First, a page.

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Re: "Bauhinese" [was: Re: I was wondering...]

From:wayne chevrier <wachevrier@...>
Date:Saturday, August 17, 2002, 17:23
Eamon Graham nevesht:>
>Phonology >--------- >I'm starting with Middle Chinese and studying how sounds evolved in >the various Chinese languages and how these sounds evolved when >Chinese words were borrowed into Japanese, Korean, Vietnamese and >Thai. (I'm roughly half way through an etymological dictionary but >then I have to complete my comparisons in Korean, Vietnamese and >Thai) Therefore the phonology doesn't necessarily reflect the >native forms, but rather how these forms evolved in the so-called >Sino-Xenic languages (note: Sino-Xenic is not necessarily a term I >adore) I'm then looking for common forms in all of the languages >involved and using population or historical linguistics as a tie >breaker. An illustration: unlike Mandarin, the consonant finals m, >p, t and k are retained here because they are retained for the most >part in other Chiense languages and because they are retained in >Korean and Vietnamese, and their historical presence is often >reflected if not entirely retained in Japanese. > >Studying sound change patterns has been a rather complex task, as >I'm doing most of it from scratch (although I'm sure some source >exists and I just don't have access to it). To quote my a.l.a post: >"This process has become so complicated as to bring up the following >error message: 'Brain not ready. Abort, retry, fail' But there is a >system involved, and I will derive the vocabulary in a systematic >way that reflects actual sound changes." > >Tones are an iffy situation. Japanese and Korean do not use tones >as Chinese does (or as Vietname and Thai do), so I'm against using >an elaborate tone system. Tones, however, are an important part of >the phonology of Chinese, Thai and Vietnamese so I would like their >presence to be reflected somehow, if possible. Some suggestions >I've been considering are: 1) having tone affect vowel >length/quality; 2) using high and neutral; 3) using level, rising >and falling contours. Did the tone of a word in Chinese have any >effect at all on how it was borrowed in to Japanese or Korean? >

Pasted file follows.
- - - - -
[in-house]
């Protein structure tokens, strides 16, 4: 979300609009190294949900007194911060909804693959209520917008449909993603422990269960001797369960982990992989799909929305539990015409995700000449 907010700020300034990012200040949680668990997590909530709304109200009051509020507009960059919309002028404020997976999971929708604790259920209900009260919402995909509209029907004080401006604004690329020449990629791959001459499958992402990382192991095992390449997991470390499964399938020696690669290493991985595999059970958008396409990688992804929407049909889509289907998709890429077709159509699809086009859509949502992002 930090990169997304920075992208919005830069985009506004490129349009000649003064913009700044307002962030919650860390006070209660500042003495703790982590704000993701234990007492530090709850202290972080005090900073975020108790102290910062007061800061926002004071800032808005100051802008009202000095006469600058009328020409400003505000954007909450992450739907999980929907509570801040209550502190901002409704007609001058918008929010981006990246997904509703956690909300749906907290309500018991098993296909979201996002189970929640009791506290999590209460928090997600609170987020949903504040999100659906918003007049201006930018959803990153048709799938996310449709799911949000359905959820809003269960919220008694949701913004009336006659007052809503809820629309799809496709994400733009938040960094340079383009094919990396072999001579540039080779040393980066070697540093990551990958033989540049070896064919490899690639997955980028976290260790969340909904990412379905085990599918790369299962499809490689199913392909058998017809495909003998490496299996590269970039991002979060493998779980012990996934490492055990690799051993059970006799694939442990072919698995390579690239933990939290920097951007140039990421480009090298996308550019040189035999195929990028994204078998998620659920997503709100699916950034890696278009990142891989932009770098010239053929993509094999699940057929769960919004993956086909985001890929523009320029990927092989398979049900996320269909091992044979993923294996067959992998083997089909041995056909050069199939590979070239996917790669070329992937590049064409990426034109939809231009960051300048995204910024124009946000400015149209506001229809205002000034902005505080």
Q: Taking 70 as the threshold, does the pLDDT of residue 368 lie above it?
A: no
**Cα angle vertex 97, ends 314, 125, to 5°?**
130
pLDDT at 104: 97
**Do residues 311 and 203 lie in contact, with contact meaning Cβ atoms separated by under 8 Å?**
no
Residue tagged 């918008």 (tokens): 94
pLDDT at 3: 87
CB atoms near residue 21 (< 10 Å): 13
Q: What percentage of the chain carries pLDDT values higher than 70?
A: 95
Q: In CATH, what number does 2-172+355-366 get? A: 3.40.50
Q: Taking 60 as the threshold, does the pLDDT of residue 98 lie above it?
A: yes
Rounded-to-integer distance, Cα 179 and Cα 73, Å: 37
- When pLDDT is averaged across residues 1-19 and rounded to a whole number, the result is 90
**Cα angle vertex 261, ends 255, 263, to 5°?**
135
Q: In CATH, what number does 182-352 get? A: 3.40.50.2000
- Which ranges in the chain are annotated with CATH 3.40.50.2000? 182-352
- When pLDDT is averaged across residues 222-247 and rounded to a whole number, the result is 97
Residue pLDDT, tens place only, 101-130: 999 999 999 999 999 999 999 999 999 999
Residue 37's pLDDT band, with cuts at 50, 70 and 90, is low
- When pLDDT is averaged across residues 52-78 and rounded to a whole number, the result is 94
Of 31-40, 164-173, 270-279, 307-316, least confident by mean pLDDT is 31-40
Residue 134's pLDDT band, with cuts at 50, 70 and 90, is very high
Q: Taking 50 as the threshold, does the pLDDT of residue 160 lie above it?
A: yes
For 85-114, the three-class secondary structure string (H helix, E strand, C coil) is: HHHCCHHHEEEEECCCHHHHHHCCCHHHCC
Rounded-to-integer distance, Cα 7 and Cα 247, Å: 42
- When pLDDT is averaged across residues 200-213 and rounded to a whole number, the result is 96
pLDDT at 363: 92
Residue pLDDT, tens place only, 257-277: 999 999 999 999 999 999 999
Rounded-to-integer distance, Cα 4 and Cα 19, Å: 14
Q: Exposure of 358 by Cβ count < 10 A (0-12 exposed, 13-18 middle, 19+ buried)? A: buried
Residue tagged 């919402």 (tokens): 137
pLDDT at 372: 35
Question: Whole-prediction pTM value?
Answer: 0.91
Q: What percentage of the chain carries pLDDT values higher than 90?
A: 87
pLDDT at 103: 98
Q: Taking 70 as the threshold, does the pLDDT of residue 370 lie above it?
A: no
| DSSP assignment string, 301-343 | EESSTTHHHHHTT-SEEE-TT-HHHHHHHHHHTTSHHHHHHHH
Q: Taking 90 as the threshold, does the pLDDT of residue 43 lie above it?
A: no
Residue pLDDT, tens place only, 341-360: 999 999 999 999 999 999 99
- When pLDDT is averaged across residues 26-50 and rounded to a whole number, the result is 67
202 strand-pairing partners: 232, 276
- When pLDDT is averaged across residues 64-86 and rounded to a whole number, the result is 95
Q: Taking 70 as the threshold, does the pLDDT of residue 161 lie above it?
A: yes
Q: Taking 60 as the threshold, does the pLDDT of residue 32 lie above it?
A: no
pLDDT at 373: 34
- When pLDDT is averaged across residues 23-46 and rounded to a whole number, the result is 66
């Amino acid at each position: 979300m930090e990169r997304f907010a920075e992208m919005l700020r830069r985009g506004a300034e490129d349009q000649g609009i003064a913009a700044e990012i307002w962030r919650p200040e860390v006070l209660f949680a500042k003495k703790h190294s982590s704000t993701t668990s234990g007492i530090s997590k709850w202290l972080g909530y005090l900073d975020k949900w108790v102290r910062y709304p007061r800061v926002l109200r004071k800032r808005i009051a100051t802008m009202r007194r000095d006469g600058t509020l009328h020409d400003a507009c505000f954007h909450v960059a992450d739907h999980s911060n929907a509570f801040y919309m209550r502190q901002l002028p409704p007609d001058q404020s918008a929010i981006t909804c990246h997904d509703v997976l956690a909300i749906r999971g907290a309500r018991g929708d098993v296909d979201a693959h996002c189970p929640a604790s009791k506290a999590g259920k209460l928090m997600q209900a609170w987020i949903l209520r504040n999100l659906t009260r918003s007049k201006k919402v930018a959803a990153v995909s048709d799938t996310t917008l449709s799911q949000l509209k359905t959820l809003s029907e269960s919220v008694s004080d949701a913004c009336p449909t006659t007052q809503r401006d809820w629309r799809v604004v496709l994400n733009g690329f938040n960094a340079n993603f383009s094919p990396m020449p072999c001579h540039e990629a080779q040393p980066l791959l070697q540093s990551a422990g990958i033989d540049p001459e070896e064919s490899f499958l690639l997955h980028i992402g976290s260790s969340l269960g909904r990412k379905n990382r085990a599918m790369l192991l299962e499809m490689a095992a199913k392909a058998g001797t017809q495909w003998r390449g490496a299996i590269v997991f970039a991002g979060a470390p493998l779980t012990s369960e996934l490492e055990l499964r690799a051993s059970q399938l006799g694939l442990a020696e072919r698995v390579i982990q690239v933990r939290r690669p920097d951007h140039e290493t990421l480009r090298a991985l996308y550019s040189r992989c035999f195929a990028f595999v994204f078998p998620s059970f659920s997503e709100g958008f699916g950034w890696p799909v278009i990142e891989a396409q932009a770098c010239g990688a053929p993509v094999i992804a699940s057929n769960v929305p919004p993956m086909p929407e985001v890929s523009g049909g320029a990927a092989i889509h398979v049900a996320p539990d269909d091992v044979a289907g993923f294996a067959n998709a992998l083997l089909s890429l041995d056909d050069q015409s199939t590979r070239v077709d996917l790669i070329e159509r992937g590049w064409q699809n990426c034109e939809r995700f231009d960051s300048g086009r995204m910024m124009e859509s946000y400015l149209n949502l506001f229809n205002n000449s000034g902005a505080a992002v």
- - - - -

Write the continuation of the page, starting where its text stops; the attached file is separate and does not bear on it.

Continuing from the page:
You may wish to check out the work of Geoffrey Pulleyblank(of UBC), who has published reconstructions of Middle Chinese and Archaic Chinese, using in part the ways they were borrowed into neighbouring languages. There are also other reconstructions, which of course disagree, available as well. -Wayne Chevrier _________________________________________________________________ Chat with friends online, try MSN Messenger:


Abrigon Gusiq <abrigon@...>